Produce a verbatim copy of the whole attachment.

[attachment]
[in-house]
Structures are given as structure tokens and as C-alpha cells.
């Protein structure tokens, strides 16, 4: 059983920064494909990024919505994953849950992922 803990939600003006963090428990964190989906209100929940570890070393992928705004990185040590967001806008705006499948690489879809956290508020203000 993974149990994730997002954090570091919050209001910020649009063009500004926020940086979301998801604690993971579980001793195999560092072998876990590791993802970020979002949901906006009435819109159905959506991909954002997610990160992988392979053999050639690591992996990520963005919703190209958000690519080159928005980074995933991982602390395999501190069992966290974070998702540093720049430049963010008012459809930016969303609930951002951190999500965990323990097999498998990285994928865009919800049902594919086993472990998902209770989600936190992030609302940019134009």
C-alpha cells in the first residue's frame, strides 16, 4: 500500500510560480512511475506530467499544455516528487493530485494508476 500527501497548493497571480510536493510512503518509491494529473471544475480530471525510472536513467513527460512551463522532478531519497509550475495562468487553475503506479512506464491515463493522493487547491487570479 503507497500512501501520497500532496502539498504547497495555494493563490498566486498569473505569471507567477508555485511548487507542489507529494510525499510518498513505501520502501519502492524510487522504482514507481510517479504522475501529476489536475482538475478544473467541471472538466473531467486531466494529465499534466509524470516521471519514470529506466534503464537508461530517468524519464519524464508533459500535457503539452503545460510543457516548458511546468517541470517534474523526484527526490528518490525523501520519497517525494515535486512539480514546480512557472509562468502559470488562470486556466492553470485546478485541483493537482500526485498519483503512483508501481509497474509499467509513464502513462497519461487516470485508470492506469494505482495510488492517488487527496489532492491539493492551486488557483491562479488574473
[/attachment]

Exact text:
[in-house]
Structures are given as structure tokens and as C-alpha cells.
């Protein structure tokens, strides 16, 4: 059983920064494909990024919505994953849950992922 803990939600003006963090428990964190989906209100929940570890070393992928705004990185040590967001806008705006499948690489879809956290508020203000 993974149990994730997002954090570091919050209001910020649009063009500004926020940086979301998801604690993971579980001793195999560092072998876990590791993802970020979002949901906006009435819109159905959506991909954002997610990160992988392979053999050639690591992996990520963005919703190209958000690519080159928005980074995933991982602390395999501190069992966290974070998702540093720049430049963010008012459809930016969303609930951002951190999500965990323990097999498998990285994928865009919800049902594919086993472990998902209770989600936190992030609302940019134009």
C-alpha cells in the first residue's frame, strides 16, 4: 500500500510560480512511475506530467499544455516528487493530485494508476 500527501497548493497571480510536493510512503518509491494529473471544475480530471525510472536513467513527460512551463522532478531519497509550475495562468487553475503506479512506464491515463493522493487547491487570479 503507497500512501501520497500532496502539498504547497495555494493563490498566486498569473505569471507567477508555485511548487507542489507529494510525499510518498513505501520502501519502492524510487522504482514507481510517479504522475501529476489536475482538475478544473467541471472538466473531467486531466494529465499534466509524470516521471519514470529506466534503464537508461530517468524519464519524464508533459500535457503539452503545460510543457516548458511546468517541470517534474523526484527526490528518490525523501520519497517525494515535486512539480514546480512557472509562468502559470488562470486556466492553470485546478485541483493537482500526485498519483503512483508501481509497474509499467509513464502513462497519461487516470485508470492506469494505482495510488492517488487527496489532492491539493492551486488557483491562479488574473